Stirling’s Royal Park
Stirling Castle sits at the centre of a much larger royal landscape and is one of the best preserved Royal Parks in Scotland. The 800-year-old park was established by King William I and what we can see today reflects this long history of royal investment and changing fashions. The park performed many roles: its farm fed the castle, it housed the stables and the laundry, held jousts, and witnessed the celebration of royal births. However, it also has a darker history of warring Celts and executions!
The King’s Knot is an elaborate 17th century garden (known locally as the Cup and Saucer) this was constructed in anticipation of the Coronation of Charles I in 1633. However, it represented the last phase of royal investment in the Park. In 1625 William Watts was dispatched from London to be ‘maister gairdiner to his Majestie at the Castell of Stirling’. Watt’s design takes full advantage of the magnificent views to the west. Walk towards the corner opposite the main entrance of the King’s Knot, and climb the steps. You are now at the Butt Well, which was one of the main water supplies for this part of the city and was named after the Butt Field where 16th century archery practice and jousting took place. If you close your eyes you can almost feel the thunder of horses’ hooves as they charge past and clash and screams of combat.
Walk up the slope through the various boulder terraces. These are the 500 year old remains of the orchard planted by James IVth around 1500 which took advantage of the south facing slopes. At the top of the hill is the Old Town Cemetery, well worth a visit if you have the time. The Victorian part of the cemetery is known as The Valley and it was here just after her birth in 1542 that Mary Queen of Scots’ baptism was celebrated. Later when the future James VIth was born the area was the scene of the first fireworks display in Scotland.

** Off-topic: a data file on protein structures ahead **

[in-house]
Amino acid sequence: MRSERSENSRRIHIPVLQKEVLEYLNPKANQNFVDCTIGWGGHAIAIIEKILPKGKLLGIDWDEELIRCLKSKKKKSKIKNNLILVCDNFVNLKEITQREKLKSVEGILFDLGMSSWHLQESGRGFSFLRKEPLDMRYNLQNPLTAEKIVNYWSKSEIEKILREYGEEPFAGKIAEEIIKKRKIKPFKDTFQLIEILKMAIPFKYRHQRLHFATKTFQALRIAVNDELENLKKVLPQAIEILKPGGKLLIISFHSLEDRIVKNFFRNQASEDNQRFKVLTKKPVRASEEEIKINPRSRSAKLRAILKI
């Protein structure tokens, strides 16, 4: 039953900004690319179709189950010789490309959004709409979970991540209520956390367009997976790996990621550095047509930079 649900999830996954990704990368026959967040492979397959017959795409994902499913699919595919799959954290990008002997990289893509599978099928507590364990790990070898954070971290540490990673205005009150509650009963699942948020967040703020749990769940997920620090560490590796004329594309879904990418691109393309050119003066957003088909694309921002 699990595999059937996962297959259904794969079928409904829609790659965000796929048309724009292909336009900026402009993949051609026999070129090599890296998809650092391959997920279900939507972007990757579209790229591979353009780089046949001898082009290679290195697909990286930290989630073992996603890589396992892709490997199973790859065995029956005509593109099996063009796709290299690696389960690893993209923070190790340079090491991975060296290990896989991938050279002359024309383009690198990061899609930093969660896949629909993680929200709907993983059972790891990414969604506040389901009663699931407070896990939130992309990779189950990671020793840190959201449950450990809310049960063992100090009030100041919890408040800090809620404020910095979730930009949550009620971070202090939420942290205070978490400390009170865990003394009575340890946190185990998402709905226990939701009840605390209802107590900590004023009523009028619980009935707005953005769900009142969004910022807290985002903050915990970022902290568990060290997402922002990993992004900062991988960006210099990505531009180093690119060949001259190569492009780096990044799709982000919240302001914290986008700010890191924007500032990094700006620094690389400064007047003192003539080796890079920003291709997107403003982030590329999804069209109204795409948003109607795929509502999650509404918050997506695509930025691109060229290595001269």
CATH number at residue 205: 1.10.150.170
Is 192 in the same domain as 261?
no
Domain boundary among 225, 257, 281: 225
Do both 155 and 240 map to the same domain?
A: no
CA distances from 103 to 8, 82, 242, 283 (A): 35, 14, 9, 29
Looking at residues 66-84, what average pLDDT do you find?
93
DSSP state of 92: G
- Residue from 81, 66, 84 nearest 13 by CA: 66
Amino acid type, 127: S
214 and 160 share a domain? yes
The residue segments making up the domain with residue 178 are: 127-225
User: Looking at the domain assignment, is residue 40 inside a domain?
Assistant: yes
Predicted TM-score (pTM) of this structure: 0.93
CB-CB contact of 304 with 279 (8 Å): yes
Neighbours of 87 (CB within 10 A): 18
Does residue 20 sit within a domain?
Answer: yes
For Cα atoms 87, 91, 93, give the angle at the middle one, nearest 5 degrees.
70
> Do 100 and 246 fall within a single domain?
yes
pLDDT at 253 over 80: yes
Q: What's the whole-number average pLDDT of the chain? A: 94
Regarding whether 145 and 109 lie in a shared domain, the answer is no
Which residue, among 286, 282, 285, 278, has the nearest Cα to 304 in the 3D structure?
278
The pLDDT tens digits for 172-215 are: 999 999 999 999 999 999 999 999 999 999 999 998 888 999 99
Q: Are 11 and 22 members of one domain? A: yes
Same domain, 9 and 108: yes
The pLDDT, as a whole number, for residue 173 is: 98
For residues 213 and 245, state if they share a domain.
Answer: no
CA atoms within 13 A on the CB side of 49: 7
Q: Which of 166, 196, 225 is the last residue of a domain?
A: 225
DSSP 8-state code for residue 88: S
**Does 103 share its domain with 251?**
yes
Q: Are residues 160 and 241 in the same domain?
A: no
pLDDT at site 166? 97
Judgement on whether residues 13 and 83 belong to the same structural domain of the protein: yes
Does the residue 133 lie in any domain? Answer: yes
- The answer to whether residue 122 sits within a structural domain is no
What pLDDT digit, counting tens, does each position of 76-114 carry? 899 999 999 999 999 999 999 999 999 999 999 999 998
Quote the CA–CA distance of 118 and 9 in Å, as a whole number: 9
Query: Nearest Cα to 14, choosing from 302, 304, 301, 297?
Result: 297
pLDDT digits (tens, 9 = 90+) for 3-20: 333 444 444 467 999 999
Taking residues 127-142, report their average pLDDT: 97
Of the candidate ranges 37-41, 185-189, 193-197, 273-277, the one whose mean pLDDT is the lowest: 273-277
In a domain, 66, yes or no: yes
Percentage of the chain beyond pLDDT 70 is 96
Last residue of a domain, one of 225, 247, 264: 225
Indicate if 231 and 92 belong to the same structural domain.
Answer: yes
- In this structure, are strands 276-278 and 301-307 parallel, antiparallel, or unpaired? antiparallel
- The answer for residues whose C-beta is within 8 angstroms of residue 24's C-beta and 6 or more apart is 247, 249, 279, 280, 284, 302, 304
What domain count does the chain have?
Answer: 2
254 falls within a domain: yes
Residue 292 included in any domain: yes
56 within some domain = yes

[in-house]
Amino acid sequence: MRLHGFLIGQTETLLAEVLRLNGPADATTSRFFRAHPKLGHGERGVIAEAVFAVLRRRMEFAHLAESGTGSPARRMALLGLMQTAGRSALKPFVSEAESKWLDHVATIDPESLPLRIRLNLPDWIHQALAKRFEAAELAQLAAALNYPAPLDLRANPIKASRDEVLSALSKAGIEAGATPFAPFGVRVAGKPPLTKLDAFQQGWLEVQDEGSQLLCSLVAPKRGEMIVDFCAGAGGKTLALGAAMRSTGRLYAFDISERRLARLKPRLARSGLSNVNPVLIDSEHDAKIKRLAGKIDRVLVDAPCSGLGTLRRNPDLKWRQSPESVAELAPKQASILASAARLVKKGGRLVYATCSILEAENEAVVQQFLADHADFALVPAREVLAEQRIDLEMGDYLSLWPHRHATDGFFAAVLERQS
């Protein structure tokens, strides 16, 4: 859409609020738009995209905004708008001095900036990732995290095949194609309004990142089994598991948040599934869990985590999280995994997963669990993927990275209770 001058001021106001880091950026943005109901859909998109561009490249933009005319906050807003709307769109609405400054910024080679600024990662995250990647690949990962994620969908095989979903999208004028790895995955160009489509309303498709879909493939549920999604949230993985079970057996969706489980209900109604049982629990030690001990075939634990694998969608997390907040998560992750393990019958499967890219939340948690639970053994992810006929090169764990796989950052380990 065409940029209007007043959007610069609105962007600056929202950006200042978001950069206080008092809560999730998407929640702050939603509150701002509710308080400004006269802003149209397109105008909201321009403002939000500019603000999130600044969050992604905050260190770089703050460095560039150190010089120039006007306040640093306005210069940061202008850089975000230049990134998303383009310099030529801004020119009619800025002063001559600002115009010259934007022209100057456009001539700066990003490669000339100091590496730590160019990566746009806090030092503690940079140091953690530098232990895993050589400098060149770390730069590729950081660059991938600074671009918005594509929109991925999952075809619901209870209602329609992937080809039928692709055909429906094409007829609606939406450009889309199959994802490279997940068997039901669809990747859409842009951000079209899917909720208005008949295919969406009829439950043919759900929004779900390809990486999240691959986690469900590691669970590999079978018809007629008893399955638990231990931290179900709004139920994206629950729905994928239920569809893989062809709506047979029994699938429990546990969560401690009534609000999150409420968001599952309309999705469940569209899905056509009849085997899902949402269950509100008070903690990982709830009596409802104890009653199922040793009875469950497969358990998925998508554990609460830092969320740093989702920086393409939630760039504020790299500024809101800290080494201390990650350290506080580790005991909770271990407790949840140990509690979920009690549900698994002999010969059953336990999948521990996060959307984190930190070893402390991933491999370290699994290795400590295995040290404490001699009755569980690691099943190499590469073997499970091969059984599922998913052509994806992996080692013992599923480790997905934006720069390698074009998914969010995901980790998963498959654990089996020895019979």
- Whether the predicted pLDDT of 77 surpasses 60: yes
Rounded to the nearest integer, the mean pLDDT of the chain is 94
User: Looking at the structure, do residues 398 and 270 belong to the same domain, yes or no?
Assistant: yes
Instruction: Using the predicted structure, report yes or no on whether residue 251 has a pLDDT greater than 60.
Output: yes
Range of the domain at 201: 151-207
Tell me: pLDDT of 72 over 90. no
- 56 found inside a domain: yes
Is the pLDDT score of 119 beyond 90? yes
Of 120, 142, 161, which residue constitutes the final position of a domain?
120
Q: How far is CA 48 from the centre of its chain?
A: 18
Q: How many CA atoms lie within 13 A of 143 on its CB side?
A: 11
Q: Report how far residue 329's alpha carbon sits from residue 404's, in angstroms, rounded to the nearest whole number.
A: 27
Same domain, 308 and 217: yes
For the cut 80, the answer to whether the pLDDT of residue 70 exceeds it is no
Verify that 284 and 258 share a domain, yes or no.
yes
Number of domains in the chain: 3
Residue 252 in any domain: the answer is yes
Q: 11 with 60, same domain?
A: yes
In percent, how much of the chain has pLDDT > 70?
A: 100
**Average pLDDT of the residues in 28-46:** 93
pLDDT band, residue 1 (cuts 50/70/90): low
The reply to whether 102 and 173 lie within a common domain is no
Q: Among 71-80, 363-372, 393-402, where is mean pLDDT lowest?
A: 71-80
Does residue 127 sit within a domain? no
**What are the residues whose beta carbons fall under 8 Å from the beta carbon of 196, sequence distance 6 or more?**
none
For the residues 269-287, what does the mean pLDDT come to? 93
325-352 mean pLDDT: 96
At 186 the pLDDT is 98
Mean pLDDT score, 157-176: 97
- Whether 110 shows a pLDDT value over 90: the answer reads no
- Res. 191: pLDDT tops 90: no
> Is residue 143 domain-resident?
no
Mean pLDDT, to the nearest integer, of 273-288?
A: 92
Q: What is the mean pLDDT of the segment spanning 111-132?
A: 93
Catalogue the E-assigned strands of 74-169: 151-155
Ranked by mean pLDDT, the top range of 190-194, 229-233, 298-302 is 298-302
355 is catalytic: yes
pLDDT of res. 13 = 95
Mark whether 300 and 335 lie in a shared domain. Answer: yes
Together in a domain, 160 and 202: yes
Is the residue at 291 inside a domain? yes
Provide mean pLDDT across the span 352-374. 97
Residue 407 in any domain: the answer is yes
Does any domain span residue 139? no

Walk past the cemetery and keep on the Back Walk, with the Castle to your right. Don’t miss the view to your left of the King’s Knot from above. This section of the route is only 200 years old and was opened up to tourists in the 1790s. As you walk along this path you will cross two walls, the first is 500 years old and built by James IVth, the second is on the 12th century boundary of the Park and could be as much as 800 years old. Keep walking till you hit Ballengeich Road, cross over and keep to the path. You are now on Gowan Hill, which is well worth exploring and has its own trail. Gowan Hill was only added to the Royal Park around 1500, when improvements in artillery meant that cannons from the Castle could shoot at Stirling Bridge and thus control the crossing. Keep walking along the path and follow the signs for Mote Hill, which is at the northern tip of Gowan Hill. Climb up Mote Hill, catch your breath and look at the 360 view round Central Scotland, on a clear day it’s truly astonishing.
Mote Hill is also known as Heiding Hill and right in front of you is the Beheading Stone, the traditional execution point of Medieval Stirling and it was here that Murdoch Duke of Albany was executed in 1424 for treason. The two cannons were installed by the Council in 1904. You are also standing on an 1800 year old Celtic hillfort, destroyed by fire around AD 200. The original entrance is to the right of the cannons. We don’t know who burnt the fort down but it may have been the Romans on their march north.